Indonesia’s rupiah traded near the lowest level since 2009 and bonds declined after global investors reduced holdings of the nation’s assets on concern Europe’s debt crisis will worsen.
Overseas funds sold $350 million more local stocks than they purchased last week and withdrew 930 billion rupiah ($100 million) from investments in government debt in the four days through May 24, official data show. Standard & Poor’s cut the credit ratings of three Spanish banks to junk on May 25. Greece’s New Democracy party, which supports plans for a European Union-led bailout, placed first in all six opinion polls published on May 26, ahead of a June 17 election.
“The market still swings from risk-on to risk-off,” Putu Andi Wijaya, a foreign-exchange dealer at PT Bank Rakyat Indonesia in Jakarta. “Spain is a worry again and we still can’t hope for much from Europe. Markets may improve a little and then decline even steeper.”
The rupiah traded at 9,479 per dollar as of 4:54 p.m. in Jakarta, after closing at 9,474 last week, according to prices from local banks compiled by Bloomberg. The currency reached 9,534 earlier, the weakest level since December 2009.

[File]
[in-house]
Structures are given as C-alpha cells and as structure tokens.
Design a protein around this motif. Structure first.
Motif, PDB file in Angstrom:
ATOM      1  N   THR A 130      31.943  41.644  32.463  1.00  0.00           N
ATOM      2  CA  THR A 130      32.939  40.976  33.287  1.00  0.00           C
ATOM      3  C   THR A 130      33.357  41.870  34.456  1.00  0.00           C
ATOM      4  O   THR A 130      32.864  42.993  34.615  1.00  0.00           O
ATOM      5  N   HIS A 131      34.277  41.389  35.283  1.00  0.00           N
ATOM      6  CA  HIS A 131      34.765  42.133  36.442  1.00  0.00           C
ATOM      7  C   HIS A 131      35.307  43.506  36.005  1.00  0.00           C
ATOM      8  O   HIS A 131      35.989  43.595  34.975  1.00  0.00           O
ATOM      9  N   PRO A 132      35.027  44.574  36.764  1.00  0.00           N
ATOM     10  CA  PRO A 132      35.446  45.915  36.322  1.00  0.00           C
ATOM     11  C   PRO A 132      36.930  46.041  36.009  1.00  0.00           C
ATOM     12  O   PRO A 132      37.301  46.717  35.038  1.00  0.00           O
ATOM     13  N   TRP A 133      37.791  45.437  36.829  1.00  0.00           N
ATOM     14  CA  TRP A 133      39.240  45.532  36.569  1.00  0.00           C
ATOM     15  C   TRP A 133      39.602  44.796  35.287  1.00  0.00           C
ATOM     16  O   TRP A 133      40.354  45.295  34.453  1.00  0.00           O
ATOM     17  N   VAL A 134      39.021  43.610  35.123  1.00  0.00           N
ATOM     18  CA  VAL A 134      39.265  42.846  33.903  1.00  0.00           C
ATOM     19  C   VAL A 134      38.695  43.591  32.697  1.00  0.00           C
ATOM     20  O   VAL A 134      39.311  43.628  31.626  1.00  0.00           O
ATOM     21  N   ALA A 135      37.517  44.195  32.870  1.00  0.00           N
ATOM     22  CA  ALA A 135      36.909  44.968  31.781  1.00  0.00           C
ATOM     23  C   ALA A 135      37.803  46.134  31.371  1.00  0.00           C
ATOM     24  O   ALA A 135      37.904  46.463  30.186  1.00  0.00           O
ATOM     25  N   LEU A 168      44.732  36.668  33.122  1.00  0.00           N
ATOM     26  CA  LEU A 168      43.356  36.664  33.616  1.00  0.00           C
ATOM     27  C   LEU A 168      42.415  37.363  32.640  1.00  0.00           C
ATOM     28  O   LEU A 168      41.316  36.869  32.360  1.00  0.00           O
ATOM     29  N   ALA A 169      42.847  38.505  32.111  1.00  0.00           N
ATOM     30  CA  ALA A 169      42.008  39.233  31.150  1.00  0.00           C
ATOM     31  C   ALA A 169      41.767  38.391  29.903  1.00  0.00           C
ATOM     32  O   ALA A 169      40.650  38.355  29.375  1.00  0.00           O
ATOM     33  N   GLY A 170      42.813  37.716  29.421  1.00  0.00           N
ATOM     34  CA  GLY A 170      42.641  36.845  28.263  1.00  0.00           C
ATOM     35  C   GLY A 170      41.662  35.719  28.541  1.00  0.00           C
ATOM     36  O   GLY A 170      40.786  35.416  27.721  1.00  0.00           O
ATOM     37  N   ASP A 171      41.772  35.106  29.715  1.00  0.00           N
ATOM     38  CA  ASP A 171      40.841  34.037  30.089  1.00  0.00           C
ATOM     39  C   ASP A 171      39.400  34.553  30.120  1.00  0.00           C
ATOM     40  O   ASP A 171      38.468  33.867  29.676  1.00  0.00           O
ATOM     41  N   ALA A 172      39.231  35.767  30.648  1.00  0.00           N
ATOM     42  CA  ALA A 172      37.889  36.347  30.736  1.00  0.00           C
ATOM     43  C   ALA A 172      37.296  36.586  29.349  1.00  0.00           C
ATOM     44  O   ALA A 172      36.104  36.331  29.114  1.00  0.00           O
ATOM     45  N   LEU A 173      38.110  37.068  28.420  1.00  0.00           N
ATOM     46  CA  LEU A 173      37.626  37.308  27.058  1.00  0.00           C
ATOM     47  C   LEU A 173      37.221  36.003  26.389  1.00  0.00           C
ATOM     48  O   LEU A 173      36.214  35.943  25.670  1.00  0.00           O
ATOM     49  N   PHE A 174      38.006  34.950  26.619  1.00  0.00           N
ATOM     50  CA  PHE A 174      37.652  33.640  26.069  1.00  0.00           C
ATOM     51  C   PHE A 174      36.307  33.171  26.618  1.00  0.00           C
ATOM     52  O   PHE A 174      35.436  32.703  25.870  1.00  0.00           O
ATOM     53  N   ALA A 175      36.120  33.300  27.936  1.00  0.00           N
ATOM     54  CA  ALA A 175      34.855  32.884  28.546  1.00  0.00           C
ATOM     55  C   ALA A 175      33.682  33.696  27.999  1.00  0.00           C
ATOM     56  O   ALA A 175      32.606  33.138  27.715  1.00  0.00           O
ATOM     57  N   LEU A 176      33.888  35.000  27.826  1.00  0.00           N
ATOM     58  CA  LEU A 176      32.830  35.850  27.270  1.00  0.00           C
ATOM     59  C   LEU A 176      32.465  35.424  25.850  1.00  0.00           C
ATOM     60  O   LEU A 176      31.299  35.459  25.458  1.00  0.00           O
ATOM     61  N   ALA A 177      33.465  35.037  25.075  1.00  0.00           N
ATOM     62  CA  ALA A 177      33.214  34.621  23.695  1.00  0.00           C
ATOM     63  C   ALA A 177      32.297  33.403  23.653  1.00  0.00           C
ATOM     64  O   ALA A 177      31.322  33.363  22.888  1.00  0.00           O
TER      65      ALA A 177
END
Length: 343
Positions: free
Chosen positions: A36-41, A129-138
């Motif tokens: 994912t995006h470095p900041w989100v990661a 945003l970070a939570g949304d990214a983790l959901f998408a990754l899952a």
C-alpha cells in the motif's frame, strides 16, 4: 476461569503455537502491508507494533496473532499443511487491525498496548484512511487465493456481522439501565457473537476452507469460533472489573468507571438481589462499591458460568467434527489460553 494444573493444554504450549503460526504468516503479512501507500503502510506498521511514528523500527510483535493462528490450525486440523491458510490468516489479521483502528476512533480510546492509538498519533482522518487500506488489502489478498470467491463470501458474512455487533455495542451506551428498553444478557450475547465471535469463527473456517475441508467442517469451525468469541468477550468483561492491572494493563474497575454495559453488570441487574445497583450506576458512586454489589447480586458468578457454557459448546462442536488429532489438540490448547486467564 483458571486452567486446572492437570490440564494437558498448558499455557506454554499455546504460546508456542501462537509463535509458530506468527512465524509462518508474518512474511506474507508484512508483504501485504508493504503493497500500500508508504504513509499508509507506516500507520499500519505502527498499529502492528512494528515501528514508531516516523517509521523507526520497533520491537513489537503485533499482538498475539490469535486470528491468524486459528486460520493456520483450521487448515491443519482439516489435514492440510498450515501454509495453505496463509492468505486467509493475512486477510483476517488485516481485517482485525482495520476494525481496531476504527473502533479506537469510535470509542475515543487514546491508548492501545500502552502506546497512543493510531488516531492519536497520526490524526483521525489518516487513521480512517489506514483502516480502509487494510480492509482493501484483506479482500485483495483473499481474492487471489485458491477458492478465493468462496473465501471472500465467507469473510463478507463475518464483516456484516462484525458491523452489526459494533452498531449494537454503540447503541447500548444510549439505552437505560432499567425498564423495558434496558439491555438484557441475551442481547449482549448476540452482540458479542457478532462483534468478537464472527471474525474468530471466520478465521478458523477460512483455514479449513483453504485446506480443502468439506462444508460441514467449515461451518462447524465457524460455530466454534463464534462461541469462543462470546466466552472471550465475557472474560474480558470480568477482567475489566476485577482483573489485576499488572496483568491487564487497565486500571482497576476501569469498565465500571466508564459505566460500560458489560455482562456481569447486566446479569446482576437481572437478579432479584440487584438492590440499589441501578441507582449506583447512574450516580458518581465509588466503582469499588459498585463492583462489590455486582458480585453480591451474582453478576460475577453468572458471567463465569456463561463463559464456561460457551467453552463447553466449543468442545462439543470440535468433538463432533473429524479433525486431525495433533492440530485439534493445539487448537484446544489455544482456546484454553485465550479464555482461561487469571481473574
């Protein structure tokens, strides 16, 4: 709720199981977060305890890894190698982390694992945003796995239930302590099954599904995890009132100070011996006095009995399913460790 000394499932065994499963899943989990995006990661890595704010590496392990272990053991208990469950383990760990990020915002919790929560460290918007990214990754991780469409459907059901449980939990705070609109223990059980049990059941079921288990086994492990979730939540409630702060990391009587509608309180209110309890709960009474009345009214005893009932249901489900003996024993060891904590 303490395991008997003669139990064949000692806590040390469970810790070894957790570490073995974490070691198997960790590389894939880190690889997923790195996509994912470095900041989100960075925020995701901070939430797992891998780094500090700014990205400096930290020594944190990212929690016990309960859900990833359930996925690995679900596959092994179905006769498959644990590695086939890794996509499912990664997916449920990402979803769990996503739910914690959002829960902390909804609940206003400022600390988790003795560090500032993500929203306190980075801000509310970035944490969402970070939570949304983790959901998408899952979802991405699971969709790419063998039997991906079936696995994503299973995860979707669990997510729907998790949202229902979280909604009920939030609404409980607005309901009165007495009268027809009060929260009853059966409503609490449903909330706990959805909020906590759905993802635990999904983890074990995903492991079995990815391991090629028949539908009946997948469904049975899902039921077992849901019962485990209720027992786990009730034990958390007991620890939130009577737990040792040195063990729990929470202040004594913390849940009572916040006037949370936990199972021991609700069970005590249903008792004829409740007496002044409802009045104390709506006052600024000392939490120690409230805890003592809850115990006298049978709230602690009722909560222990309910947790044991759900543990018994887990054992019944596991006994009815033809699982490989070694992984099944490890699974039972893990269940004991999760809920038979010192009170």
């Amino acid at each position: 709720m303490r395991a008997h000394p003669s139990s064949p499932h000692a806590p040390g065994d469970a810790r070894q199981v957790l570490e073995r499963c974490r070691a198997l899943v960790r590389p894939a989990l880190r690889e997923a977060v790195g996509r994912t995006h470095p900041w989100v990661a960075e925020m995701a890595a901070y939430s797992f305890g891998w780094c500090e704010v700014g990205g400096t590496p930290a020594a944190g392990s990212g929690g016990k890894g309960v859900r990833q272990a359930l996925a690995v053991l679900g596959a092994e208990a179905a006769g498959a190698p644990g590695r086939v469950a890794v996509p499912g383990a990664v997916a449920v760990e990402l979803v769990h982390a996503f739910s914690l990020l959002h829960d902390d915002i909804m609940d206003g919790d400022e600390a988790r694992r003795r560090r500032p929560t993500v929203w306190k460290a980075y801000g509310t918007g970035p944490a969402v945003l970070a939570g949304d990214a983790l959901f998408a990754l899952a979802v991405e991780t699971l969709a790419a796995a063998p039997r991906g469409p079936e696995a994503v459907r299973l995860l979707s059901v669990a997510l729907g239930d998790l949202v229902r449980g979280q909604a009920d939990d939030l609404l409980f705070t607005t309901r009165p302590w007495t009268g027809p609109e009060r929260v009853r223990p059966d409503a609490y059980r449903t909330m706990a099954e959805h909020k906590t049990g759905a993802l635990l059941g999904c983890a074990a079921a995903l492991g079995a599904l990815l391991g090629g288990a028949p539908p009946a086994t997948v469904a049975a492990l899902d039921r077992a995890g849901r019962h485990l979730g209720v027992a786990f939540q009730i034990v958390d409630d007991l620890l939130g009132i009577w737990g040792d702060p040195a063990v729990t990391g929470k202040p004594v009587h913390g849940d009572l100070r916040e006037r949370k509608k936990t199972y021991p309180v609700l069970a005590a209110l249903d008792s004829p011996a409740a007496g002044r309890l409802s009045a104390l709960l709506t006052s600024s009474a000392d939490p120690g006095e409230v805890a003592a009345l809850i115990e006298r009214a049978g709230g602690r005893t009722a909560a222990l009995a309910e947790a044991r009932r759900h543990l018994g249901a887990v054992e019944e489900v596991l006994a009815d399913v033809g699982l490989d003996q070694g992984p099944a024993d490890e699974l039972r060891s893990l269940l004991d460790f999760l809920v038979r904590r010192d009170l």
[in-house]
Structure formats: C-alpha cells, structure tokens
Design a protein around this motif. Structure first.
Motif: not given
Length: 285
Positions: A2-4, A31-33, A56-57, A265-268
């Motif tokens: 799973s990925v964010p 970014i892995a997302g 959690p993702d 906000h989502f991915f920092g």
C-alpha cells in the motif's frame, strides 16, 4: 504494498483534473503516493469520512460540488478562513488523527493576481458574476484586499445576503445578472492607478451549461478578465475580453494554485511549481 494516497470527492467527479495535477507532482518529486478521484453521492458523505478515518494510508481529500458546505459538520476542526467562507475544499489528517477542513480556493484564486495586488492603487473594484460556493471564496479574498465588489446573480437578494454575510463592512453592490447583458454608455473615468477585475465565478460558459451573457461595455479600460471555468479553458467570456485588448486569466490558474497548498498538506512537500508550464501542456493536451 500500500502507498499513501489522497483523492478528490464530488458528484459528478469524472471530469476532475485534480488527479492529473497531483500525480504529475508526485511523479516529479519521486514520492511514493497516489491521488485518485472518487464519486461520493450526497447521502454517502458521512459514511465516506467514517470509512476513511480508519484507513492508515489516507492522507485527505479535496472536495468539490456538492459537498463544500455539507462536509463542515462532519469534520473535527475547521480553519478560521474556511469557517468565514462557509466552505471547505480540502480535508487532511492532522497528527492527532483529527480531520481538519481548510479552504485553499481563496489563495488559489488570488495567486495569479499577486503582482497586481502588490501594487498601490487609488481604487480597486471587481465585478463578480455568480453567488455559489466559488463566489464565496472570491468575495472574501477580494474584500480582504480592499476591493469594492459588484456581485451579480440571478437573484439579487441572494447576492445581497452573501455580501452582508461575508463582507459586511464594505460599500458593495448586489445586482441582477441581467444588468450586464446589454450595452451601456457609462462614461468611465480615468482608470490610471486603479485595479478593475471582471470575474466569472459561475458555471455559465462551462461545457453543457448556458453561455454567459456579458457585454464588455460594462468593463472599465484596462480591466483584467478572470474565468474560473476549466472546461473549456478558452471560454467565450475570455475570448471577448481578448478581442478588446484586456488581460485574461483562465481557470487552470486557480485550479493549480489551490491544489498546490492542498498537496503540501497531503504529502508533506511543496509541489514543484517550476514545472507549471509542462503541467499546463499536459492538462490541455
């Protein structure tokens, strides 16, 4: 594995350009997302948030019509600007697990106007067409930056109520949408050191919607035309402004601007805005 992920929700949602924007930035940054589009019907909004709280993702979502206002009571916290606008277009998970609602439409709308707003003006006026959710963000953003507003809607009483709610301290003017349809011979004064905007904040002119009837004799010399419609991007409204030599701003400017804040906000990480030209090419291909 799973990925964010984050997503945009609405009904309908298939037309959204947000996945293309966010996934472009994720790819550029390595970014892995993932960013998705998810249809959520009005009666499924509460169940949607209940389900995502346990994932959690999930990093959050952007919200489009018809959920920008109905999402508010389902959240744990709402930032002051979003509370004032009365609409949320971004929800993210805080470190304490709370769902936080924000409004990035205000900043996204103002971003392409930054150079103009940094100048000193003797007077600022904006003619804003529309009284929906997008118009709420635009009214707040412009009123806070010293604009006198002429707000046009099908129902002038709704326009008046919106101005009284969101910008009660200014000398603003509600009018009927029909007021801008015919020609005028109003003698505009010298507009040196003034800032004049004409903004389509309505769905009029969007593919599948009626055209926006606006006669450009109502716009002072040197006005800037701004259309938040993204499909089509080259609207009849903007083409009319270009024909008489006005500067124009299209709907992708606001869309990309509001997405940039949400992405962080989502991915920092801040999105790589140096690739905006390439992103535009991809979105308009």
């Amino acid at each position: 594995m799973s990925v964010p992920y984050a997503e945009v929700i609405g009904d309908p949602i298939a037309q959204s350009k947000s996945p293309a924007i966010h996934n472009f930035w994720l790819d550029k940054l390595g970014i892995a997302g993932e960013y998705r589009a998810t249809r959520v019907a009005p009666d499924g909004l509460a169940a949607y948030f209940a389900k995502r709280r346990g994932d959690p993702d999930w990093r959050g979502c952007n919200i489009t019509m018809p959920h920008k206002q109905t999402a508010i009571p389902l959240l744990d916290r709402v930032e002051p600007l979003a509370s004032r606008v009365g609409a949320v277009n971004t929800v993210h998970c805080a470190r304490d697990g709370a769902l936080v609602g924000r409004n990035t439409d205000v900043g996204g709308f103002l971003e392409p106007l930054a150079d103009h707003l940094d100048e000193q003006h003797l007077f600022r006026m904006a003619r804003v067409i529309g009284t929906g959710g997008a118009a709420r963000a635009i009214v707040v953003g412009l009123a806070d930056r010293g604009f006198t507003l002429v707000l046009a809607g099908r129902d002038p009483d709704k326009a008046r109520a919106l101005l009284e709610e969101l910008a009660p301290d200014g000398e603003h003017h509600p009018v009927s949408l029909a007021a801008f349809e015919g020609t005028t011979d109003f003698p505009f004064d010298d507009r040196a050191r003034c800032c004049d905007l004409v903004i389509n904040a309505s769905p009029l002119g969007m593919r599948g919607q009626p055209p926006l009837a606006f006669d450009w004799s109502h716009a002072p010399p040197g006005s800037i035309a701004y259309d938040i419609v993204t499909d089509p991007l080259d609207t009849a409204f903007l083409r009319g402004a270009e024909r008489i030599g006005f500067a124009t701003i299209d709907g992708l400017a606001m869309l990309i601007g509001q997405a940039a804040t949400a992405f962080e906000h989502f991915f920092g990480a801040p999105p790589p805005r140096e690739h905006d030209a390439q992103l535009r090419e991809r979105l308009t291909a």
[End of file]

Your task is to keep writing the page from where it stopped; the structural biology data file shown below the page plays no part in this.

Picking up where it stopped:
One-month implied volatility, which measures exchange-rate swings used to price options, was unchanged at 16.5 percent, the highest since Oct. 5.
“Demand for dollars remains strong and despite Bank Indonesia’s efforts to hold the line, I believe they will struggle,” Patrick Perret-Green, head of foreign-exchange strategy for Asia excluding Japan at Citigroup Inc. in Singapore, wrote in a e-mailed note to clients today. “Further selling will place the rupiah under more strain.”
Bank Indonesia doesn’t want the rupiah to weaken too fast and continues to intervene in the currency market, deputy governor Hartadi Sarwono said on May 16, adding that it will use its “ammunition” carefully.
Benchmark 10-year bonds dropped for a third day, with the yield climbing two basis points, or 0.02 percentage point, to 6.55 percent, according to closing prices from the Inter Dealer Market Association.
“We didn’t get a sense of panic dollar buying and notably the bond market was comparatively calm,” Tim Condon, chief Asia economist at ING Financial Markets in Singapore wrote in a report today. “We believe Bank Indonesia will intervene as needed to maintain calm and we don’t expect this will entail macroprudential measures,” such as capital controls, he wrote.